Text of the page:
For teens, Ball pointed out how all of the media in front of us can be used positively by parents, rather than as a source of stress. Her family watches or read news together and shares that,  “often, our daughter will come home from school work or baton practice and ask if we’ve heard the latest news story or political headlines, and we always make time to discuss anything she is interested in.”  Being a willing ear can encourage your children to be informed and active citizens.  Find ways to answer questions with facts and a positive tone – don’t be afraid to seek resources for ones you don’t feel comfortable answering. 

Encouraging Your Child’s Activism

When kids feel passionate, they can make a difference both now and as they grow, and you, as a parent, are their most important influencer for using that passion in a positive way. Ball has seen firsthand how “never really” shying away from “controversial issues with our children” has encouraged her daughter to take an active role in working to improve her community.  Schools address civics, history, and government, but as Railey points out, “our lowest scores in Georgia are often social studies”, theorizing this is in part because parents do not always talk about these topics in constructive ways at home to build on to what children are learning in their finite classroom time.  Railey points out that learning civics and politics at a young age won’t simply help children do well on test, but increases a more knowledgeable voting population.  As her student body is made up of military kids who travel a lot, she also points out that it can “help them to understand and respect cultural differences,” making more out of their travels.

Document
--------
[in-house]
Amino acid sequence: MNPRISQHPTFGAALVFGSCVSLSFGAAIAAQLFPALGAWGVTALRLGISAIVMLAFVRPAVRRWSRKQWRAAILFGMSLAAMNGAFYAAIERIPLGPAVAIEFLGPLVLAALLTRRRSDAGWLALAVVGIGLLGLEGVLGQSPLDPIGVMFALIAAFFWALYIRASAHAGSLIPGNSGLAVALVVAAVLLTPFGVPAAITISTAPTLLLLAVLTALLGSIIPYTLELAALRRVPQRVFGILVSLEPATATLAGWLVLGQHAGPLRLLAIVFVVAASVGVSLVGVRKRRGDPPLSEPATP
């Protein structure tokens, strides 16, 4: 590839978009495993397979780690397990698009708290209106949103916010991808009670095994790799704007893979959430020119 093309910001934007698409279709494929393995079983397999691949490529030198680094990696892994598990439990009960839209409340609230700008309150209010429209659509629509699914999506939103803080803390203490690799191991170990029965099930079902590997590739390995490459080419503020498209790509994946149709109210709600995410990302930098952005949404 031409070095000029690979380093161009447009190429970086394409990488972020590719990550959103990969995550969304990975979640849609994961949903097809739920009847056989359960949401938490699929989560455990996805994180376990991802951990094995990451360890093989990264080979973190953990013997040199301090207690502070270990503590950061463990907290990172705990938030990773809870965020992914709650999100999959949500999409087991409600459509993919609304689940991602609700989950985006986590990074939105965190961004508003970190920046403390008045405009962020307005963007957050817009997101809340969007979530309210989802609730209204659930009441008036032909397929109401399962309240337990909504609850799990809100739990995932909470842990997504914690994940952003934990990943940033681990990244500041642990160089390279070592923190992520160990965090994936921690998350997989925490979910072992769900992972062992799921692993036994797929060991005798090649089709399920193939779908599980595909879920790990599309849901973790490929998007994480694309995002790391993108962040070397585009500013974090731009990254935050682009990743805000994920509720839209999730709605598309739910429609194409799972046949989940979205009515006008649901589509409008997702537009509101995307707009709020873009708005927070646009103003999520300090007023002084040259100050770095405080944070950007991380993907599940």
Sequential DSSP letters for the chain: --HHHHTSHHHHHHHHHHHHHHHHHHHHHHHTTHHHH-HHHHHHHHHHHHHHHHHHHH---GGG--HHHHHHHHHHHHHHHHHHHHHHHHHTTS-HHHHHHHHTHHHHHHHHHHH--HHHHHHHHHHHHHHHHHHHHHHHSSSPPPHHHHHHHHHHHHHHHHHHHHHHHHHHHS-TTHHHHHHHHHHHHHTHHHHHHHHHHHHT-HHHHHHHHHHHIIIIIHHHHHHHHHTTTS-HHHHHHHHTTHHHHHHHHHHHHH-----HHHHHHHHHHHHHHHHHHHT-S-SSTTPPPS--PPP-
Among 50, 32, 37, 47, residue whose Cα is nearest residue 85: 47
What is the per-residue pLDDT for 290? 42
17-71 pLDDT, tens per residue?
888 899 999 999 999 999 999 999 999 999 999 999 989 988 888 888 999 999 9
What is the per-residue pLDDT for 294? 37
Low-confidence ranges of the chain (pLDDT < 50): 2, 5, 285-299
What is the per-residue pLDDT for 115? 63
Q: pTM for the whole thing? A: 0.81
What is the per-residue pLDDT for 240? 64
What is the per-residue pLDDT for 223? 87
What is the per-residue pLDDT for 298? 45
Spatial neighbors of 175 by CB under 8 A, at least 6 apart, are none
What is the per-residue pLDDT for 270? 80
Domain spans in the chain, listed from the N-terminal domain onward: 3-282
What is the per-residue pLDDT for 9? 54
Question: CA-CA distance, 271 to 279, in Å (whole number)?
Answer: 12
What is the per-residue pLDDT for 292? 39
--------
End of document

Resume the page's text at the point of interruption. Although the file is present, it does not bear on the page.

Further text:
Railey lists a variety of activities families can do together, such as volunteering for a local charity, discussing and signing petitions, and letter writing to local representatives.  While it can be great to find opportunities to work together, as children age, you may find yourselves on different sides of an issue. Ball suggest working to encourage teens to think for themselves, and not just take on the opinions of their families or friends; “we do tell them our thoughts and feelings, but always try to ask them what they feel and why they feel that way.” 

I feel fortunate to have been raised by parents who didn’t shy away from discussing political topics with me, and I know it has inspired my writing – in fact, my first ever published piece as a writer was a letter to the editor of my local newspaper my senior year of high school.  While it can feel overwhelming to know where to put our energy into getting involved, and even more so in regards to knowing how to approach these topics with our children, I hope to inspire you to raise young men and women who know how to sift through information, news, and research to make informed political decisions, because raising a reader is raising a good citizen. 

This article appears in the June/July 2018 issue of Augusta Family Magazine.